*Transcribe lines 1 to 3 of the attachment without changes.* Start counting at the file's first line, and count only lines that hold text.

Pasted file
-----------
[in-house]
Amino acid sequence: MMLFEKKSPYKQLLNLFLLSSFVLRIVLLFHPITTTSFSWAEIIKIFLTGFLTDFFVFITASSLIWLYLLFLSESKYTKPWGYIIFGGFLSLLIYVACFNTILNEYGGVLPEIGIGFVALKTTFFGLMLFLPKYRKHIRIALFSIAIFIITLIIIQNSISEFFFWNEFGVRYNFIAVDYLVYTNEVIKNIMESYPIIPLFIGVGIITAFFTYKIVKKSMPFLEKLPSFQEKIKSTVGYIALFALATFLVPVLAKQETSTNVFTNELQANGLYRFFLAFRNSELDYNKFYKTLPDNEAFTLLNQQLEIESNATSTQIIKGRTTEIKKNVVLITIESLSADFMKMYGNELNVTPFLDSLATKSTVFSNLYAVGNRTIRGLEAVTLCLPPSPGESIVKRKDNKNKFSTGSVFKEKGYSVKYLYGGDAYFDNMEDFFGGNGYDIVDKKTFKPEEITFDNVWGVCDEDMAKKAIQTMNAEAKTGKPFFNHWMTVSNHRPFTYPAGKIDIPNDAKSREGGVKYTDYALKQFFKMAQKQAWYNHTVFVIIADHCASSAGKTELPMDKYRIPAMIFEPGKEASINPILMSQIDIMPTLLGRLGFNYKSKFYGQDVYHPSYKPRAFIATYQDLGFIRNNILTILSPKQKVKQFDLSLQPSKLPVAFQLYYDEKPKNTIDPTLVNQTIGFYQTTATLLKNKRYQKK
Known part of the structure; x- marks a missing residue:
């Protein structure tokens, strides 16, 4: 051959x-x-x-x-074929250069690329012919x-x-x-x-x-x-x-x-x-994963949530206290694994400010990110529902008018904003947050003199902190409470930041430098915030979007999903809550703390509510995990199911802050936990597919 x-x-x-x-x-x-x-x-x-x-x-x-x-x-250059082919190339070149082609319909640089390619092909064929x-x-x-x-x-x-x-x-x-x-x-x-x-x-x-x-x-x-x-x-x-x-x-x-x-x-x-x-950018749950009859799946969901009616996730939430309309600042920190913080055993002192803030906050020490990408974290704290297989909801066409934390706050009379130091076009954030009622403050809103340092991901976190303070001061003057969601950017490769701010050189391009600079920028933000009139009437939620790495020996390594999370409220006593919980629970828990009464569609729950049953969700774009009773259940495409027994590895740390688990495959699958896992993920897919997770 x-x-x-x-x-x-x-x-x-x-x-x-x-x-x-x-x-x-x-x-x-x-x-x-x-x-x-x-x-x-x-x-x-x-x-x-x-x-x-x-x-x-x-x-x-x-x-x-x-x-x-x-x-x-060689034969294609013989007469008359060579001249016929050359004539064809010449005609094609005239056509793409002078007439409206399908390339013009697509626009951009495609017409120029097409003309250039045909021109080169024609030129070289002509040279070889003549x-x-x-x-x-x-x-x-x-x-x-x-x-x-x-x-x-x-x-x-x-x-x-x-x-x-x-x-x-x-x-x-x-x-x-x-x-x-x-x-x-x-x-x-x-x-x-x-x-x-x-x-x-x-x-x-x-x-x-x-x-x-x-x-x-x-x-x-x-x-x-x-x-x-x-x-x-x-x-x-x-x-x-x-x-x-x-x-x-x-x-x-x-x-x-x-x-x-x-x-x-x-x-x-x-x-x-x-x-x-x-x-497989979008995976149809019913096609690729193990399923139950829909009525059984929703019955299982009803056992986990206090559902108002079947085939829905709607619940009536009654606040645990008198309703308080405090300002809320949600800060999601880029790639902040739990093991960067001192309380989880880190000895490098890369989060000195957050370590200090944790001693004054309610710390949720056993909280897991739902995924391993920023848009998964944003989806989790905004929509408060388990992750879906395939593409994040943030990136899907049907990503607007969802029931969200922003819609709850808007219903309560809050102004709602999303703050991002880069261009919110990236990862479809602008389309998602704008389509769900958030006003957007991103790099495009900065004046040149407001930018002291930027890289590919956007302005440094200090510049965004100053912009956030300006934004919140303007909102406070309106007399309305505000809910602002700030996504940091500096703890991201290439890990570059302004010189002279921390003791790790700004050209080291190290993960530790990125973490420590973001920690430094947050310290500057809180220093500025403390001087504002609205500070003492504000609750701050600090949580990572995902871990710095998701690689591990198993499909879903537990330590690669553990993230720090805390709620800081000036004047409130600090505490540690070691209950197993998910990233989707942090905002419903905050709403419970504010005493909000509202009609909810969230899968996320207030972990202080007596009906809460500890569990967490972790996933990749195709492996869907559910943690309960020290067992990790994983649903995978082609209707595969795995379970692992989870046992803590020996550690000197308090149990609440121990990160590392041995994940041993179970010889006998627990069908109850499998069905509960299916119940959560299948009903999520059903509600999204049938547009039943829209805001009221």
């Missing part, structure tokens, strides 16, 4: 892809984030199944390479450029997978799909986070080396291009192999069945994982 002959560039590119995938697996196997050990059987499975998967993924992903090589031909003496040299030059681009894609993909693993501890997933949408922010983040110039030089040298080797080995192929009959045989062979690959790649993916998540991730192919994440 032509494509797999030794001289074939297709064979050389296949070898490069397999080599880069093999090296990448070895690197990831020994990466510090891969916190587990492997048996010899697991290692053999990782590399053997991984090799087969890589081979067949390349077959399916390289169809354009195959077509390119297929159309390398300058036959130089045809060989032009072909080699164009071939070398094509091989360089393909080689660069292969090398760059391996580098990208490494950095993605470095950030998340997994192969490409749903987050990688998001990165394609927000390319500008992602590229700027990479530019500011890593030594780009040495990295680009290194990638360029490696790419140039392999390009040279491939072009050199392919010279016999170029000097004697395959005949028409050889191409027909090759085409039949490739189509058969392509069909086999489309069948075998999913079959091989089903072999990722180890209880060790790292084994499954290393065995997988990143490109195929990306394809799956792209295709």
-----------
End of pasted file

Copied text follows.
[in-house]
Amino acid sequence: MMLFEKKSPYKQLLNLFLLSSFVLRIVLLFHPITTTSFSWAEIIKIFLTGFLTDFFVFITASSLIWLYLLFLSESKYTKPWGYIIFGGFLSLLIYVACFNTILNEYGGVLPEIGIGFVALKTTFFGLMLFLPKYRKHIRIALFSIAIFIITLIIIQNSISEFFFWNEFGVRYNFIAVDYLVYTNEVIKNIMESYPIIPLFIGVGIITAFFTYKIVKKSMPFLEKLPSFQEKIKSTVGYIALFALATFLVPVLAKQETSTNVFTNELQANGLYRFFLAFRNSELDYNKFYKTLPDNEAFTLLNQQLEIESNATSTQIIKGRTTEIKKNVVLITIESLSADFMKMYGNELNVTPFLDSLATKSTVFSNLYAVGNRTIRGLEAVTLCLPPSPGESIVKRKDNKNKFSTGSVFKEKGYSVKYLYGGDAYFDNMEDFFGGNGYDIVDKKTFKPEEITFDNVWGVCDEDMAKKAIQTMNAEAKTGKPFFNHWMTVSNHRPFTYPAGKIDIPNDAKSREGGVKYTDYALKQFFKMAQKQAWYNHTVFVIIADHCASSAGKTELPMDKYRIPAMIFEPGKEASINPILMSQIDIMPTLLGRLGFNYKSKFYGQDVYHPSYKPRAFIATYQDLGFIRNNILTILSPKQKVKQFDLSLQPSKLPVAFQLYYDEKPKNTIDPTLVNQTIGFYQTTATLLKNKRYQKK
Known part of the structure; x- marks a missing residue: